That hollow feeling? It’s a phase
It is in their 20s that everybody is rushing to look for love. You’ve just outgrown those troubled teenage years when all you wanted to do was hate. “It’s the hunger of the age to be socially popular, socially loved. From 18-30, everyone wants to ascend a social ladder of happiness, success and have someone in your arms. After that, most people just get married because it’s the momentum of society,” says Rahul Bose. But how many people do you know have considered the possibility of
Not hunting? What happens if you stop looking?
Says Advaita Kala, “By the time they are 35, when the women have survived that tumultuous period of always being the bridesmaid and never the bride, their self-esteem is actually better than their married friends.” They have spent the last decade or so building their career and a life centred around themselves, while their married counterparts just realised that the honeymoon is over.
Forty per cent of the people surveyed said that the worst thing about being single is that they don’t have anyone to share their life with. Bose disagrees. “We’re surrounded by love – friends, brothers, sisters, nieces – and you can give give in to the abundance. People are scared of being single because being with someone fills the empty spaces, the chinks in your psychological makeup,” he says.
Why are more people single now?
Social networking is partly the reason. Well, it’s an interesting argument anyway. According to the survey, 52 per cent of singles felt the best way of knowing someone is to check out their Facebook profile (only 42 per cent would arrange to meet the person again). It’s not always a great idea. Says Jha of Sycorian, “The guy sees pictures of the girl at too many parties, or the girl see his pictures with too many other girls.” People come to their own conclusions when they look at photos, she argues. “And it ruins our hard work. People interested in getting married should lay low on Facebook!”
But mostly, people are single because they are now more independent, aspirations have gone up and gender dynamics have changed. All this in just 10 years. “Being single is not so marginal anymore,” says Kala. If you’re married to your career in your twenties, when do you fall in love, really?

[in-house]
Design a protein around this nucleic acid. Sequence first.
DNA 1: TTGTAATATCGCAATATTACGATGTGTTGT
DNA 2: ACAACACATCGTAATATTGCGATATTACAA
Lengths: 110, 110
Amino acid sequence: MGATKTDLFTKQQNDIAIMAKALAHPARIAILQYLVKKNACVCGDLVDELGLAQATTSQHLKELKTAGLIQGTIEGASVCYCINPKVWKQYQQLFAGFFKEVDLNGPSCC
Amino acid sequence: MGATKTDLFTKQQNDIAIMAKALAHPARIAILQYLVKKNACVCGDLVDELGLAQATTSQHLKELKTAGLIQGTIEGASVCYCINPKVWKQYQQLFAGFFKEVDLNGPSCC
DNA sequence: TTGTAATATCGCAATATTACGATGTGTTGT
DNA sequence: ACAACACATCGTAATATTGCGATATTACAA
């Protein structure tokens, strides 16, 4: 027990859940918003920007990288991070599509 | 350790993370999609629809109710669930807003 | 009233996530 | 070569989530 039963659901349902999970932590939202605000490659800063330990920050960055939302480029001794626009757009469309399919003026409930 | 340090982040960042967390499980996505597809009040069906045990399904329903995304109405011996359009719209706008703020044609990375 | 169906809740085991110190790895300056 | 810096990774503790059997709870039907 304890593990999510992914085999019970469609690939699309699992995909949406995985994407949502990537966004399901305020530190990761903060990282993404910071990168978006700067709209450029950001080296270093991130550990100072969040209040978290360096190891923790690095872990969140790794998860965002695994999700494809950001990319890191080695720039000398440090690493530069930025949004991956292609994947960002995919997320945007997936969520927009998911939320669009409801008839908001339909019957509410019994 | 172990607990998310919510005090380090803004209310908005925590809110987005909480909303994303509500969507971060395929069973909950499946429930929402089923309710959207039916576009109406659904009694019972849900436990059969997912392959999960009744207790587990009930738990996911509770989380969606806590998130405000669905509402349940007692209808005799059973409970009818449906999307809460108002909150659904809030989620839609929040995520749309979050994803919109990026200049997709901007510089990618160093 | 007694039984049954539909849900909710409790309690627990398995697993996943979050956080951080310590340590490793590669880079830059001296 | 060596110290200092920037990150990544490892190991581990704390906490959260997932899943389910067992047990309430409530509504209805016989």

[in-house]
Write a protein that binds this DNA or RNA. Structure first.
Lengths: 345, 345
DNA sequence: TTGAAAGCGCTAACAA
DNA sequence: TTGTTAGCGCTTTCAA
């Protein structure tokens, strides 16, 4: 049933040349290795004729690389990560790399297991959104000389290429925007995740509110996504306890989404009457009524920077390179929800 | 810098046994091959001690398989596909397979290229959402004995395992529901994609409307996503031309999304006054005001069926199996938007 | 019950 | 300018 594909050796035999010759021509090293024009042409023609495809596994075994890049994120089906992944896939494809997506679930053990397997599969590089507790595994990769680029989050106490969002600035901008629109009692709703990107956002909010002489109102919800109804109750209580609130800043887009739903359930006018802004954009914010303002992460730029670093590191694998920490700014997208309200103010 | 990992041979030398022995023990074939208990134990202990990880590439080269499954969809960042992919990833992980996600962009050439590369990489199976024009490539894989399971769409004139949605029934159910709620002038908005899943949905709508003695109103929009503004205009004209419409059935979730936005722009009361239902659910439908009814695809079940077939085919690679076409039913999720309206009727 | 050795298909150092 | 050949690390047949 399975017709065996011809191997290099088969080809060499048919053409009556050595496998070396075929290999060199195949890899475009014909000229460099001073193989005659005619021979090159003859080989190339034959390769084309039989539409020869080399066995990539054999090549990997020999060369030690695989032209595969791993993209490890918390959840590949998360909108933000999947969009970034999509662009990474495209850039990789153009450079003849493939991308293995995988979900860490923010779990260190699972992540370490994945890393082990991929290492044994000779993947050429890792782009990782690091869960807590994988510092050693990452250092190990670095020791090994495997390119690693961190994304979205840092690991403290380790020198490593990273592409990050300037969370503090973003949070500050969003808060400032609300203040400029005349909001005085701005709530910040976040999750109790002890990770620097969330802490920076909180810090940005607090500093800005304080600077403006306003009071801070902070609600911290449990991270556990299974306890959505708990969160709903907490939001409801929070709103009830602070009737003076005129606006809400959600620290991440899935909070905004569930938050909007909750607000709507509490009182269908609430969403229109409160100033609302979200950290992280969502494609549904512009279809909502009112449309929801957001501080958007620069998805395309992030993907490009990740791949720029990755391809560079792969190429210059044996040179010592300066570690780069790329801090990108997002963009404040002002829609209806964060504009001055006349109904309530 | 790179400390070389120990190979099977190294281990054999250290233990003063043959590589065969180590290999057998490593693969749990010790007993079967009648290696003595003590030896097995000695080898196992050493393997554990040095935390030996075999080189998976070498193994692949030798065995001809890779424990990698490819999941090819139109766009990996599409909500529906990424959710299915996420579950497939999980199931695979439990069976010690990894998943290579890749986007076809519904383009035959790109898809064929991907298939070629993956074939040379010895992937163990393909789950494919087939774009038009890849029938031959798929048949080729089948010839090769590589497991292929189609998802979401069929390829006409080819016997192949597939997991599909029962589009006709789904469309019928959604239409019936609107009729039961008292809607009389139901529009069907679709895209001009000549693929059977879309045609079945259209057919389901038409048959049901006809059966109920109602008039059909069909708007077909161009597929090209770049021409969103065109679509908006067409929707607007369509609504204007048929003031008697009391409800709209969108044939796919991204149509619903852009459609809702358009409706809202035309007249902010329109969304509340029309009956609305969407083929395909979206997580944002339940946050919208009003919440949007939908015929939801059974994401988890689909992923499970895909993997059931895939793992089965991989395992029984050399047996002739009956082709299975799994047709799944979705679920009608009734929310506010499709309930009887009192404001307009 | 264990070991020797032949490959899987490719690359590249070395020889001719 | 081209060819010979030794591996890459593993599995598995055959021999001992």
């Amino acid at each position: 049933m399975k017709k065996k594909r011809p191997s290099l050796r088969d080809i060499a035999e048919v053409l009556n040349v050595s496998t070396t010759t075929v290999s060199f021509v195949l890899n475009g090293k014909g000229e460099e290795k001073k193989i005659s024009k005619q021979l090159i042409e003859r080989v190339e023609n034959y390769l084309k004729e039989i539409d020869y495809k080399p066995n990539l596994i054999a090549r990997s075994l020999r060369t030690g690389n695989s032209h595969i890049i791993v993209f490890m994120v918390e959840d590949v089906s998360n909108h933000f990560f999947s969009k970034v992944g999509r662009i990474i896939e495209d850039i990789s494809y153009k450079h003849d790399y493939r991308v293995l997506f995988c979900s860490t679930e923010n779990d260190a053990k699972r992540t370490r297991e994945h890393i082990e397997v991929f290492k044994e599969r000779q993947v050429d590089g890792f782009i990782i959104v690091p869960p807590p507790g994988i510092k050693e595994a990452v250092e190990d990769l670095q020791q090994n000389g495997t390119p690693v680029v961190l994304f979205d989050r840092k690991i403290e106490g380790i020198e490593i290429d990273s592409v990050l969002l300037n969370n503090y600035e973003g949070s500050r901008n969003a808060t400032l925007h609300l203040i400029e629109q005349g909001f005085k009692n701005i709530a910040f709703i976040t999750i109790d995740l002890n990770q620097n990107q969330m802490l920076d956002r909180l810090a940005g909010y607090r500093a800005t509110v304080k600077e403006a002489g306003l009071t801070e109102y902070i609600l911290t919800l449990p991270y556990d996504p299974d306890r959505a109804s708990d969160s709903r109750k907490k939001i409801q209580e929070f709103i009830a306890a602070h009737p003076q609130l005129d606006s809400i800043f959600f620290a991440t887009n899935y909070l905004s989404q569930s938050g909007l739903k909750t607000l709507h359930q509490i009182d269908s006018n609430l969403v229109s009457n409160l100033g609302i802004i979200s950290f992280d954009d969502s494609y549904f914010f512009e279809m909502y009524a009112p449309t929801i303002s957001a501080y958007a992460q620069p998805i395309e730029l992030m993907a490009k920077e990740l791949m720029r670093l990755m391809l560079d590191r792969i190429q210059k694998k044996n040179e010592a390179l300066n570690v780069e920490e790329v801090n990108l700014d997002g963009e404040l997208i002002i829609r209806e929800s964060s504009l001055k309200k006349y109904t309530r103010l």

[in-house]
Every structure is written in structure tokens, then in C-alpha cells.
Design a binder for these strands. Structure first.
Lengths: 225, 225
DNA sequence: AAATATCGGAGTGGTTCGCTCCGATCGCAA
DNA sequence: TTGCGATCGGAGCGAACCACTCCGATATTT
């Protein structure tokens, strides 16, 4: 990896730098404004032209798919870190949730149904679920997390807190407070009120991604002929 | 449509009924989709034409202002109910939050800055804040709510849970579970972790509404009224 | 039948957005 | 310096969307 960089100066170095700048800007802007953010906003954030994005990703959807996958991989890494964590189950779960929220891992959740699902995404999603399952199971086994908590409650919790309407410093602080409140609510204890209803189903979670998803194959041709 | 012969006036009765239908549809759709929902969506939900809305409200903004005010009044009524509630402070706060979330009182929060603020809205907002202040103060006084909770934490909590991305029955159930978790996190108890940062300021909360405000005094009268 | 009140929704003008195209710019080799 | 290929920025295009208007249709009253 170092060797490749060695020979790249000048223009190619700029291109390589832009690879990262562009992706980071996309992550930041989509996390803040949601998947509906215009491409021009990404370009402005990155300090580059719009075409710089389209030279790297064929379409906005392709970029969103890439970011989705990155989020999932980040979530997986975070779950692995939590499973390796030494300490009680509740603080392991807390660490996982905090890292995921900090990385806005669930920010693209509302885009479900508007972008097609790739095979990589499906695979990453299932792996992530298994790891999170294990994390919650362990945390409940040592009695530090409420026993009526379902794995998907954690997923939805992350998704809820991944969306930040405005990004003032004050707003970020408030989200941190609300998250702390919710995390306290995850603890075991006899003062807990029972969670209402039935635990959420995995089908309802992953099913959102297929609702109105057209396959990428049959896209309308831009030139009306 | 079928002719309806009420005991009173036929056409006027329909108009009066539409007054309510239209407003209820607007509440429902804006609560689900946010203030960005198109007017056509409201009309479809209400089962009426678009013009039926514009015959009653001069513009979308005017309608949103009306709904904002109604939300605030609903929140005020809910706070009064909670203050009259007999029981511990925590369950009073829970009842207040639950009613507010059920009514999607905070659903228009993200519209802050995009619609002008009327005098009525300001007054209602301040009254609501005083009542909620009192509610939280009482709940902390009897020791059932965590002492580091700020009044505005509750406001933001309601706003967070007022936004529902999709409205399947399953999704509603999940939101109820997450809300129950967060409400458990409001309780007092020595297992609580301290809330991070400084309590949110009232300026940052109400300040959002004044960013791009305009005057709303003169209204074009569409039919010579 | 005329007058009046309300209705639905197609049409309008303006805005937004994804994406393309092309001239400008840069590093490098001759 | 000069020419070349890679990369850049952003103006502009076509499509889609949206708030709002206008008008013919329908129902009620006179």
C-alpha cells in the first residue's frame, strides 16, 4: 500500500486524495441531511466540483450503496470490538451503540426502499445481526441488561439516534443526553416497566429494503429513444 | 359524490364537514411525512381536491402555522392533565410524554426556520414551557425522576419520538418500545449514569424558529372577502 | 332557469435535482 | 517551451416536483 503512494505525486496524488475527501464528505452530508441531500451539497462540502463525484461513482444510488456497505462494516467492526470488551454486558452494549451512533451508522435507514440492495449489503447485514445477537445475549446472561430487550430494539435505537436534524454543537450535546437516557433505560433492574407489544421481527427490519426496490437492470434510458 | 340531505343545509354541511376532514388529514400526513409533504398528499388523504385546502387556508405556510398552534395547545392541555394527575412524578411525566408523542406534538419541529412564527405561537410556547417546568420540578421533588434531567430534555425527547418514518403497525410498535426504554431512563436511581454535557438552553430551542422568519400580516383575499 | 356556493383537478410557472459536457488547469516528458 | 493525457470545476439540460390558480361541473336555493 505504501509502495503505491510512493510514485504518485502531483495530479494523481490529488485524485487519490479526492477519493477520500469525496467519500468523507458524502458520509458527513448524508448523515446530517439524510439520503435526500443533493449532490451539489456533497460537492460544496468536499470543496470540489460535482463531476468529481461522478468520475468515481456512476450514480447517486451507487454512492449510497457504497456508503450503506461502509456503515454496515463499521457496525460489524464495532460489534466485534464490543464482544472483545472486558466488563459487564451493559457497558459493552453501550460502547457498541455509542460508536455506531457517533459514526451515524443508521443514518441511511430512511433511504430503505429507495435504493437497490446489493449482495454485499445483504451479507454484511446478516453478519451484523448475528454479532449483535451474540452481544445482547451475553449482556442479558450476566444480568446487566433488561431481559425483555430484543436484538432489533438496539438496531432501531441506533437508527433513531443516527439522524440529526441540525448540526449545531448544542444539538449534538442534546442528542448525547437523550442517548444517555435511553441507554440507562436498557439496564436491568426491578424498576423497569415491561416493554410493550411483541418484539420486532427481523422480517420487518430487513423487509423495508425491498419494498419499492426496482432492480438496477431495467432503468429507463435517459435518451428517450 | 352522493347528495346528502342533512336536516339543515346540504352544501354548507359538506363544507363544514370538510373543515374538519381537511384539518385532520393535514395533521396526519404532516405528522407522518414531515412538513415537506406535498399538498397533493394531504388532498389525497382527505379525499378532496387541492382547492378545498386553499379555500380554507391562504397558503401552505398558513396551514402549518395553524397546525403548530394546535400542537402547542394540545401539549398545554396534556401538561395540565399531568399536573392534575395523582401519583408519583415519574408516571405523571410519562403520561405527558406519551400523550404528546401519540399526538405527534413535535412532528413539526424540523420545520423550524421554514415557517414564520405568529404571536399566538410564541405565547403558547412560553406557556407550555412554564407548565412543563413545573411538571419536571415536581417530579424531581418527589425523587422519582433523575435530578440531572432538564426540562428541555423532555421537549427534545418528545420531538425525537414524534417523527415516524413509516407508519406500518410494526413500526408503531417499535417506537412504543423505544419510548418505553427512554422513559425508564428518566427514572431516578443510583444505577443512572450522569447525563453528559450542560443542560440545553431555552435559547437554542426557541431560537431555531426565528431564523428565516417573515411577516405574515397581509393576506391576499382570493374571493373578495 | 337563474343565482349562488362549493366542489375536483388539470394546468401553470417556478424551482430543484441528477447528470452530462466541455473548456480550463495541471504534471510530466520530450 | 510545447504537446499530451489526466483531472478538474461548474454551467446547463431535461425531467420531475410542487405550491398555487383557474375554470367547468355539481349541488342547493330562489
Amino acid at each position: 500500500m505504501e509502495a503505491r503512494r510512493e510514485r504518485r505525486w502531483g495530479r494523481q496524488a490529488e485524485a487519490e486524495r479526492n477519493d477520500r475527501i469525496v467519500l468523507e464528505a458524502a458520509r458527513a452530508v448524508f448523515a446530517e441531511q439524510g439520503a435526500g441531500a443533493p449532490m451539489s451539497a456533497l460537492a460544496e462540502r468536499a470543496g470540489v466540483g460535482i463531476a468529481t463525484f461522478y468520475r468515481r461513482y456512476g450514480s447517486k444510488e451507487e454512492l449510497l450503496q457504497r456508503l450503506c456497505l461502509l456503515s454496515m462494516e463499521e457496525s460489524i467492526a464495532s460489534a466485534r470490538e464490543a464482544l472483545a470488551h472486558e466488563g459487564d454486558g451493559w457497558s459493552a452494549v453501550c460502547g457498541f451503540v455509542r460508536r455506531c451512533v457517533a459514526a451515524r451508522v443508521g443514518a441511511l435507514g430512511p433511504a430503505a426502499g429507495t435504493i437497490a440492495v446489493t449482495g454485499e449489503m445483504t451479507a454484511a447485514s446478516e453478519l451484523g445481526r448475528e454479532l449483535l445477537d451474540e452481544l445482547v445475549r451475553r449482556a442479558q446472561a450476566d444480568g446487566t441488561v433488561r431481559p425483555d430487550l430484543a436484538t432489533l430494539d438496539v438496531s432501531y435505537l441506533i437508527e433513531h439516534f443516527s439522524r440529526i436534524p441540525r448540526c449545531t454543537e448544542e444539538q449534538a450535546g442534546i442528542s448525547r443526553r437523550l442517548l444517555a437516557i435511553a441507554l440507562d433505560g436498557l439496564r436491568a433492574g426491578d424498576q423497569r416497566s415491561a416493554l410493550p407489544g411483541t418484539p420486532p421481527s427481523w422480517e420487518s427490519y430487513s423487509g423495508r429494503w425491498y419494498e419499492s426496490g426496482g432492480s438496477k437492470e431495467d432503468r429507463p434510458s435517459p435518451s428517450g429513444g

And life hasn’t got all that easy for single people either. “It is less hard compared to the past,” says filmmaker Kapur, “but only marginally. Are cities safe to live in? Do single people get rooms for rent? There’s more acceptability of singles but it’s definitely not easy,” she says.
Where does that leave you? Well, back to square one, we’re afraid to say. Happy Valentines’ Day!
My life partner isn't a click away I was hesitant to create a profile on a matrimonial website. I relented on account of my parents, but regretted it every second. I found it totally bizarre! It’s just a glorified social networking site. Only much, much worse – it’s full of strange men. I was a member of one motherboard matrimonial website, from where the website suggested branching out to my caste. It’s an automated thing.
Nobody in my family had the patience to sit through thousands of profiles (68 per cent of singles in our survey thought there are too many profiles). Such websites take broken English to another level: “Are you too looking for life partner?”, “Serious people contact only”, “etc etc etc”.
They were also much, much older men (where are the under-32 men anyway?).
I don’t know if people lied on their profiles because I didn’t care to find out – but the survey says that almost half the people there have created fake profiles!
I outsourced the screening to the ‘elites’ and ‘privileged’ websites, where ‘relationship managers’ do the scanning, the screening and shortlist ‘The Ones’. They don’t really make an effort to make the girl and boy meet. However, I did meet one guy, and he was a big disappointment! I don’t want to get into the details.
After almost two years of frustration, I forced my parents to stop renewing these memberships. And this time, they relented. I was not tired of ‘finding’ a partner. I was just tired of feigning interest! So when I find a man and we click, it won’t be via the wireless mouse!
The singles network Floh is a national singles network for urban, educated and independent singles with a focus on substantive interactions that lead to meaningful relationships. Members are screened before being invited to join Floh. Over the past year, Floh has hosted over 100 interactive events which include cookouts, vintage car rallies, sailing, wine and cheese tastings, mixology and more. It will launch an online version of its service in March.
Log on to www.floh.in more on the web
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From HT Brunch, February 10